dirtycash: Yes and no. I think a really great track will jump out at you even if you only listen to 10 seconds of it. Something will grab you about it that will ensure you continue listening. I have to admit that I don't always listen to tracks in their entirety on Blip.FM but it will also depend on my mood, concentration, or limitations on a given day. However, I used to reposition the stylus on the record or fast forward and rewind on my cassette walkman. I think that is testament to that fact that I've always had a short concentration span and get easily distracted. Generally speaking, I would argue that the evolution of music listening platforms has changed the way we listen to music in a positive way. It exposes us to more and broadens horizons and tastes.

Dulin: Where do you learn about and hear new music?

dirtycash: Through Blip.FM, friends, YouTube, The Guardian band of the day, Last.FM.

Dulin: If you could Blip.FM one song that could reach everyone on the planet, what would you choose? 
dirtycash: "Almost Independence Day" by Van Morrison. All 10+ minutes of it. The last track off the Saint Dominic's Preview LP. It's one of those hidden gems, spiritual, almost other worldly. And no, I'm really not exaggerating; it's an understated masterpiece.

Dulin: Generally speaking, do you think there are broad cultural differences between music audiences in Argentina and South America versus other parts of Europe, the US, or the rest of the world? Explain.

dirtycash: Most definitely. I can only speak for Argentina, but here there seems to be a lack of receptivity to really new and underground stuff, or at least the appreciation/audience is marginalised and on a very small scale. I recently DJed at a friend's party and had to discard my more eclectic playlist in favour of old skool '80s and '90s. Even then I got constant requests for David Guetta. There isn't really much of an international music scene and very few bands make it here. It's just not economically viable for them to only play a handful of gigs. The overheads are too great. I know this has a lot to do with the attitude and lack of broad mindedness, quite simply a lack of exposure and accessibility to more underground music.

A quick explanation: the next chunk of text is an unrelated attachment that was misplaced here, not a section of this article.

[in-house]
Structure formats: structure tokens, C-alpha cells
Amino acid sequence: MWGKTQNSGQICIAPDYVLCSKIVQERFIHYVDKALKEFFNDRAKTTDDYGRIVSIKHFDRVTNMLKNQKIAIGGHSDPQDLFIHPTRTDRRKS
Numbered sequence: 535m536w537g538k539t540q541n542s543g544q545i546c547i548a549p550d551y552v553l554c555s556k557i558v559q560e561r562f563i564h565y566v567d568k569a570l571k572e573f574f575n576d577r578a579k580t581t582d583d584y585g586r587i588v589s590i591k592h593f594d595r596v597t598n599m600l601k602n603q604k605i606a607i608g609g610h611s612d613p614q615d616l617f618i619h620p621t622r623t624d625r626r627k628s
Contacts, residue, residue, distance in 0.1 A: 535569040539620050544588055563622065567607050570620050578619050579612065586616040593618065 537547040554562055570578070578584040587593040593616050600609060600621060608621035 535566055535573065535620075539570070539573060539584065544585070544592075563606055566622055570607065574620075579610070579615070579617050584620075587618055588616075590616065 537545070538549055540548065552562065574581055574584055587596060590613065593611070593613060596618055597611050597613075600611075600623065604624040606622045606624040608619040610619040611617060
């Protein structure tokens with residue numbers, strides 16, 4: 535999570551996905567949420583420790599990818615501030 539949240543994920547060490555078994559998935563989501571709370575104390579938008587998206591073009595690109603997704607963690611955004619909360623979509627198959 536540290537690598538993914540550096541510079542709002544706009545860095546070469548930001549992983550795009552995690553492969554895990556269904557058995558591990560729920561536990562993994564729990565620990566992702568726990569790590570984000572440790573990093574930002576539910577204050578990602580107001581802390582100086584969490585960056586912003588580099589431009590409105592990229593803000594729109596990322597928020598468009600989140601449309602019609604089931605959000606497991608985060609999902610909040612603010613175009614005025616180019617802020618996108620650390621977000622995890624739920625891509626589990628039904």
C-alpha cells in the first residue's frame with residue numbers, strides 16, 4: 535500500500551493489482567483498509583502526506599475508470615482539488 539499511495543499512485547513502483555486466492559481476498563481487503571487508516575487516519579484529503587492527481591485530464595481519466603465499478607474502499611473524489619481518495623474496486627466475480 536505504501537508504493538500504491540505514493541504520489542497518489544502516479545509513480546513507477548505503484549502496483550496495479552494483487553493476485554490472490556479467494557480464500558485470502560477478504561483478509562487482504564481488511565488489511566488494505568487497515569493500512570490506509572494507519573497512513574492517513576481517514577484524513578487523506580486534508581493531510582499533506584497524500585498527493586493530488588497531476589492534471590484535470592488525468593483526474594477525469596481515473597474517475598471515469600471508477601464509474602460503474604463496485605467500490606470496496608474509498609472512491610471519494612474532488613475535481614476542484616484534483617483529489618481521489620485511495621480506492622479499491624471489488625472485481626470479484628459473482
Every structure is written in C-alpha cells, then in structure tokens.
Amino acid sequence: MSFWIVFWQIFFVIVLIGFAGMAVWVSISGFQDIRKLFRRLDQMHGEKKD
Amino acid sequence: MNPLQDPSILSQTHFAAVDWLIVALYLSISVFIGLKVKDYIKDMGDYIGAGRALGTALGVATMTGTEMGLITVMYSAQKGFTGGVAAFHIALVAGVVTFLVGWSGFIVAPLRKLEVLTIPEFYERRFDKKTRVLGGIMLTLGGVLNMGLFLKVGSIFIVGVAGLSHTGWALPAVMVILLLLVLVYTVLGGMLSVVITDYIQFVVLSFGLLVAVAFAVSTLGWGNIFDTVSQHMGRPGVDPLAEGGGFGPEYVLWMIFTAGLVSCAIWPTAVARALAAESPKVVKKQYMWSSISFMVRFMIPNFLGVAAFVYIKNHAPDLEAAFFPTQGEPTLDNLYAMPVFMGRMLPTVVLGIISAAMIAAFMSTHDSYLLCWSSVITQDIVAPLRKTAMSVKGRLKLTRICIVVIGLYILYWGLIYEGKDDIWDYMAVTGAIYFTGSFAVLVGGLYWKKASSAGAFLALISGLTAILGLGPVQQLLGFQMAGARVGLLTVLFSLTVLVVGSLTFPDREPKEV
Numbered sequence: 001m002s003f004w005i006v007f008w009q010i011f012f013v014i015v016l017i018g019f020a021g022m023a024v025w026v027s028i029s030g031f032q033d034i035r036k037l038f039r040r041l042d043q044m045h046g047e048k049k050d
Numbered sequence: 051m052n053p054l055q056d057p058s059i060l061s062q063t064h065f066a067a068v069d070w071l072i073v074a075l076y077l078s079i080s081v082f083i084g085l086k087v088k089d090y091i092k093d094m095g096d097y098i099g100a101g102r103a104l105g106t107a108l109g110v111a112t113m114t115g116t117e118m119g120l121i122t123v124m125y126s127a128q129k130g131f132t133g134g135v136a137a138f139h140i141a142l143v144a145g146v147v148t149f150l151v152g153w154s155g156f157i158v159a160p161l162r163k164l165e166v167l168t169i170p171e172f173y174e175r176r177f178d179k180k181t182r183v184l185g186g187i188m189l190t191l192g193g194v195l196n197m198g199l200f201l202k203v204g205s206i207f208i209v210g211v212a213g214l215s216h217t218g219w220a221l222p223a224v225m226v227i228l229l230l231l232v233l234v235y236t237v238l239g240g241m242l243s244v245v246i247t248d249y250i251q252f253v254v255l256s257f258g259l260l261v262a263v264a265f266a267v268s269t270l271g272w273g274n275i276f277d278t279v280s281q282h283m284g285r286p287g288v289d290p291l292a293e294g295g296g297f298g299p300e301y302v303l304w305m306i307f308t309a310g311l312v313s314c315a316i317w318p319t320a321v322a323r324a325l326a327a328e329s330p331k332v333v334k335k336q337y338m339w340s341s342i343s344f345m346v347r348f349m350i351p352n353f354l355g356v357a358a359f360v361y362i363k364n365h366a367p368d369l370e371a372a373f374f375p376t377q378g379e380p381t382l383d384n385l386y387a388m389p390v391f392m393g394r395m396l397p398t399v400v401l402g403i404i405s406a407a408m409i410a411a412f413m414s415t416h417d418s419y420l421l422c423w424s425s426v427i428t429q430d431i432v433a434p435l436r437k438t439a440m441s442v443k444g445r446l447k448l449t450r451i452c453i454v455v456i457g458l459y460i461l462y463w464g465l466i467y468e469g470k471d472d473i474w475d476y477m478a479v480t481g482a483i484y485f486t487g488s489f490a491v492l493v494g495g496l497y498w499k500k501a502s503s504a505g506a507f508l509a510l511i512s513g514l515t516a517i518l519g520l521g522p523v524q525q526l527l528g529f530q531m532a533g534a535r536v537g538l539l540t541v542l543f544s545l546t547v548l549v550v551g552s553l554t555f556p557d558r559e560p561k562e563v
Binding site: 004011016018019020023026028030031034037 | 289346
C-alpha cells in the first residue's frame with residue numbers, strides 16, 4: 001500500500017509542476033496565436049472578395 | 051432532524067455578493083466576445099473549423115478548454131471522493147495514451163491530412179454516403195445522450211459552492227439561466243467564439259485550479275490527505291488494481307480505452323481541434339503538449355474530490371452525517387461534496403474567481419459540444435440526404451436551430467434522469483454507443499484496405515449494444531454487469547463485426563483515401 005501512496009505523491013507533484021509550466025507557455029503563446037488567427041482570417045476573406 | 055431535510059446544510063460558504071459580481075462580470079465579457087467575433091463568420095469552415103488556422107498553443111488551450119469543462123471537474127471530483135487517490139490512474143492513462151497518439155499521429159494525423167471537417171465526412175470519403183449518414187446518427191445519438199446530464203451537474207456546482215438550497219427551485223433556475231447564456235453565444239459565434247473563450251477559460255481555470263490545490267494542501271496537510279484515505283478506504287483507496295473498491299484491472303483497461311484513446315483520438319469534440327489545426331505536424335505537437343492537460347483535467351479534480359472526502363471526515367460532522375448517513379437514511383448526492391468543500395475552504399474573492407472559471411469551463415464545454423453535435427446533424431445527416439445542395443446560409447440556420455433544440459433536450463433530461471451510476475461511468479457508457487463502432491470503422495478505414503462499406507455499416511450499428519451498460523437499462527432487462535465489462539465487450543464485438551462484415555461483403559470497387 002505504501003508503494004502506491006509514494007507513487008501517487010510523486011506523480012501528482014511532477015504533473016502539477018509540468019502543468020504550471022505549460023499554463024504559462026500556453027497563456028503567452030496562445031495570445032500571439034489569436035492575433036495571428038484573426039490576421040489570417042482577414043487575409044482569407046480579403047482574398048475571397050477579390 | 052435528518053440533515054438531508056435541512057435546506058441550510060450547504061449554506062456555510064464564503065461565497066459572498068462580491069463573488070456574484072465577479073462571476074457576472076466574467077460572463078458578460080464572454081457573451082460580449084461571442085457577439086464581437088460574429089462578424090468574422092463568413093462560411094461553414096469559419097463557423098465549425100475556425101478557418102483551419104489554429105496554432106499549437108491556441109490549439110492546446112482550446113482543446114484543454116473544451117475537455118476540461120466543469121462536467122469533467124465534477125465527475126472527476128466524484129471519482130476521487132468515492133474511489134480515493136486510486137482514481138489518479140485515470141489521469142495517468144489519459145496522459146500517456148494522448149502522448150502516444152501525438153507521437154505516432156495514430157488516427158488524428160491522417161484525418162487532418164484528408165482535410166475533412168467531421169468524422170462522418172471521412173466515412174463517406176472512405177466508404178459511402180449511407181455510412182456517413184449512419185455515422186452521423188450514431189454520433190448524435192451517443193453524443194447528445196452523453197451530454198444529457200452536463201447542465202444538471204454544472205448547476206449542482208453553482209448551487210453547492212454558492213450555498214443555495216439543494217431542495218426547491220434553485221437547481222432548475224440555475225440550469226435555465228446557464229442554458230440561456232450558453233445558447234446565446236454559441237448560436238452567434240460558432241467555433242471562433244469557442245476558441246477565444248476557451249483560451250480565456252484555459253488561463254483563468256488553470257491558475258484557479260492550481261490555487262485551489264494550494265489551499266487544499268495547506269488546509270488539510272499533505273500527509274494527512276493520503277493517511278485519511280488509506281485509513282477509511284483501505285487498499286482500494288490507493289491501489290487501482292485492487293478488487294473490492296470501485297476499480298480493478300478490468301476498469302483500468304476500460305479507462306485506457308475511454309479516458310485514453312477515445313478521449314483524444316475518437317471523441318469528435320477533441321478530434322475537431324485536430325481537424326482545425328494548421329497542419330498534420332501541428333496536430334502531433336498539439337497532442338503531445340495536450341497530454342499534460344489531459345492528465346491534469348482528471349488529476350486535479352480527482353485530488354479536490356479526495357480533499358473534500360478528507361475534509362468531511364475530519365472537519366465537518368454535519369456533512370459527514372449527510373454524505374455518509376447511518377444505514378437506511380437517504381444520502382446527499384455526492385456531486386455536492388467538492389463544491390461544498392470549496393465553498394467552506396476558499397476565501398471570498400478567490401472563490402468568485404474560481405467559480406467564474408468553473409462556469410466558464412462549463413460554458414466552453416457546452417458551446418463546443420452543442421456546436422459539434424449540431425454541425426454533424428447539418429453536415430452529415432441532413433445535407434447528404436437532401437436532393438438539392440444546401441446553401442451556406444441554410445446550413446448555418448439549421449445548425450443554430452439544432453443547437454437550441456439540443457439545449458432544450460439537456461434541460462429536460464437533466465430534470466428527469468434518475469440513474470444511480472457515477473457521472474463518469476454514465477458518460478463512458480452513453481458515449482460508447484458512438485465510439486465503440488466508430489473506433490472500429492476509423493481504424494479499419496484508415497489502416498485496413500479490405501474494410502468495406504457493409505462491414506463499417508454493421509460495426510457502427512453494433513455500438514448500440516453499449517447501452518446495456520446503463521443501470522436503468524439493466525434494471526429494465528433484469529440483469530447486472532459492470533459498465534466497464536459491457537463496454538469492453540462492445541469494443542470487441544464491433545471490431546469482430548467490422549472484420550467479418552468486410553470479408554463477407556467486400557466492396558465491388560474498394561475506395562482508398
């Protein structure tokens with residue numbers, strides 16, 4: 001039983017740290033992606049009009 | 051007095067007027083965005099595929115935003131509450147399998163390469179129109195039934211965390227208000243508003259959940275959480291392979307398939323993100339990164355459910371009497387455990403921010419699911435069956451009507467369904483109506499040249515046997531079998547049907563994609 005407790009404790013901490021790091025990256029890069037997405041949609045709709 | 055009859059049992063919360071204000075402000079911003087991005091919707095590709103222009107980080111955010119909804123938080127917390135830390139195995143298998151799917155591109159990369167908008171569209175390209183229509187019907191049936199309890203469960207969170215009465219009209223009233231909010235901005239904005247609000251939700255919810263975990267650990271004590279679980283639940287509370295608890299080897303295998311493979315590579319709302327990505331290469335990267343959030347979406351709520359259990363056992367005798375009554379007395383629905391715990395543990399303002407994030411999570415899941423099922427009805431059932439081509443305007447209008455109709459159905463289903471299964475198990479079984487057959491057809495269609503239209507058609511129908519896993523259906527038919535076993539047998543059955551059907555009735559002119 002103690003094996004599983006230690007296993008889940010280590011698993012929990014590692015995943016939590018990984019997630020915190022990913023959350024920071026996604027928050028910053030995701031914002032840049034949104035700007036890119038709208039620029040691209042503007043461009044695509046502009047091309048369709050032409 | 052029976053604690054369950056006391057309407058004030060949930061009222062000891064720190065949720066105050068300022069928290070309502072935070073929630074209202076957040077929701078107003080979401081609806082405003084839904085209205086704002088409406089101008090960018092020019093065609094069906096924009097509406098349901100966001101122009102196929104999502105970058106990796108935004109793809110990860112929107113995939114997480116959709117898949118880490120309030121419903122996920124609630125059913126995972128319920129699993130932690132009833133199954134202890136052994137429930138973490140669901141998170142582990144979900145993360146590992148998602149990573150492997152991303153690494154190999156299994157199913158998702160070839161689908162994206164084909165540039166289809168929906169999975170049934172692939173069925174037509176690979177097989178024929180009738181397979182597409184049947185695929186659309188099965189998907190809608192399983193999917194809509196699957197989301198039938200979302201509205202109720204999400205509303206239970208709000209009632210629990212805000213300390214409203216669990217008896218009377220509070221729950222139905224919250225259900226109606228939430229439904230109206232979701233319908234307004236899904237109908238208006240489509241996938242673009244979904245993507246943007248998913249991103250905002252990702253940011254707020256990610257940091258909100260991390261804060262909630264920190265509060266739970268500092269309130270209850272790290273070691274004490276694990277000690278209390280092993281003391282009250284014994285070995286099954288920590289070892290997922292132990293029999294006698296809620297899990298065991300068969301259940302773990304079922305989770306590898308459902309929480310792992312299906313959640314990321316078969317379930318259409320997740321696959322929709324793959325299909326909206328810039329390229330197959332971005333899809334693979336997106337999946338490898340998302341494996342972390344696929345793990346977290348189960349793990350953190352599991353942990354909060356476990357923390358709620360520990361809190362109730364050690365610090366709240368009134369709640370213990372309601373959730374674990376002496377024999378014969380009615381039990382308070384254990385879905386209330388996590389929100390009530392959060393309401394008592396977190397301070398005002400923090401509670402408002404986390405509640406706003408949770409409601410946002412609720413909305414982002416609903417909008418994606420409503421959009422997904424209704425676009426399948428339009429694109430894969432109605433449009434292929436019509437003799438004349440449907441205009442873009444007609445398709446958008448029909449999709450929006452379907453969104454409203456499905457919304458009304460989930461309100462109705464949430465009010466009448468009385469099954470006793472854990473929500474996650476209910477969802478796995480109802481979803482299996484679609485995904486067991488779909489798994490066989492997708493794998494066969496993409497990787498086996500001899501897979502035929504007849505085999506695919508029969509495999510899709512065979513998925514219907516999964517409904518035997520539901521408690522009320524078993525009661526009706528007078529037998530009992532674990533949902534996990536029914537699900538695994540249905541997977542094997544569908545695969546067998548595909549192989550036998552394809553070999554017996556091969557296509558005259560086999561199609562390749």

Dulin: Any other thoughts to share?

dirtycash: To quote a Gary Bartz track, "Music is my sanctuary, music is my life." I think he speaks for many.

Pete Dulin is the co-publisher and editor of and writes freelance for magazines, websites, and newspapers. Always looking for the next great song, he can be found in the Blip Nation at He unleashes profound non sequiturs at and publishes creative work at

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  1. Great interview. It's nice to see updates about expats in this little corner of the globe. I'll keep an eye out for dirty.


  2. The way people perceive music in Argentina is really different from other Latin American countries. They don´t know much about underground stuff as she says, but they have lots of metal´s fans. When I travel argentina Iron Maiden played there and the audience was huge. It depends on the style. Anyways, the bands that you can find there are awesome!